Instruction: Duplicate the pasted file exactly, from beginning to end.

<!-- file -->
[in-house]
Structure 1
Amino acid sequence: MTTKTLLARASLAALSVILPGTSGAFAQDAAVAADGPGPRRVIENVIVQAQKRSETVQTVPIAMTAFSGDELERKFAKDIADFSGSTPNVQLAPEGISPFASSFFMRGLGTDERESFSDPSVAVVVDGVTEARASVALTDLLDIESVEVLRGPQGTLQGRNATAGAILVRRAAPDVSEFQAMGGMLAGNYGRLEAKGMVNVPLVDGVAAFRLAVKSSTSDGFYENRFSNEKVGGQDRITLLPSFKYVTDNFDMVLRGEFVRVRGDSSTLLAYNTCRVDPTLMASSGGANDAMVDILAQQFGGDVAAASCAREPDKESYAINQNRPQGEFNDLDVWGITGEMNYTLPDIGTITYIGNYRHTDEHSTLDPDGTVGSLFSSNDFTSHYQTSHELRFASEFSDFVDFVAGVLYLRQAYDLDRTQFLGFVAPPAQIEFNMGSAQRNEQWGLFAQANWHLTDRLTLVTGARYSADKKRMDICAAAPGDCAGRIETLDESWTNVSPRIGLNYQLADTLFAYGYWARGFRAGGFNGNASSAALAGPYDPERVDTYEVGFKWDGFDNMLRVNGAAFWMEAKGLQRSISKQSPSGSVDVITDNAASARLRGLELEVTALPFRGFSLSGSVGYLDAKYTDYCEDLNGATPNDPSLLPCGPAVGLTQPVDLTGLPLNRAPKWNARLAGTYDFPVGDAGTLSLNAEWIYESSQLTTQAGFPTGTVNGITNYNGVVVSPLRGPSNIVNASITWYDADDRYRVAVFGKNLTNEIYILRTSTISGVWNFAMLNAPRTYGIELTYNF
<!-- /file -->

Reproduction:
[in-house]
Structure 1
Amino acid sequence: MTTKTLLARASLAALSVILPGTSGAFAQDAAVAADGPGPRRVIENVIVQAQKRSETVQTVPIAMTAFSGDELERKFAKDIADFSGSTPNVQLAPEGISPFASSFFMRGLGTDERESFSDPSVAVVVDGVTEARASVALTDLLDIESVEVLRGPQGTLQGRNATAGAILVRRAAPDVSEFQAMGGMLAGNYGRLEAKGMVNVPLVDGVAAFRLAVKSSTSDGFYENRFSNEKVGGQDRITLLPSFKYVTDNFDMVLRGEFVRVRGDSSTLLAYNTCRVDPTLMASSGGANDAMVDILAQQFGGDVAAASCAREPDKESYAINQNRPQGEFNDLDVWGITGEMNYTLPDIGTITYIGNYRHTDEHSTLDPDGTVGSLFSSNDFTSHYQTSHELRFASEFSDFVDFVAGVLYLRQAYDLDRTQFLGFVAPPAQIEFNMGSAQRNEQWGLFAQANWHLTDRLTLVTGARYSADKKRMDICAAAPGDCAGRIETLDESWTNVSPRIGLNYQLADTLFAYGYWARGFRAGGFNGNASSAALAGPYDPERVDTYEVGFKWDGFDNMLRVNGAAFWMEAKGLQRSISKQSPSGSVDVITDNAASARLRGLELEVTALPFRGFSLSGSVGYLDAKYTDYCEDLNGATPNDPSLLPCGPAVGLTQPVDLTGLPLNRAPKWNARLAGTYDFPVGDAGTLSLNAEWIYESSQLTTQAGFPTGTVNGITNYNGVVVSPLRGPSNIVNASITWYDADDRYRVAVFGKNLTNEIYILRTSTISGVWNFAMLNAPRTYGIELTYNF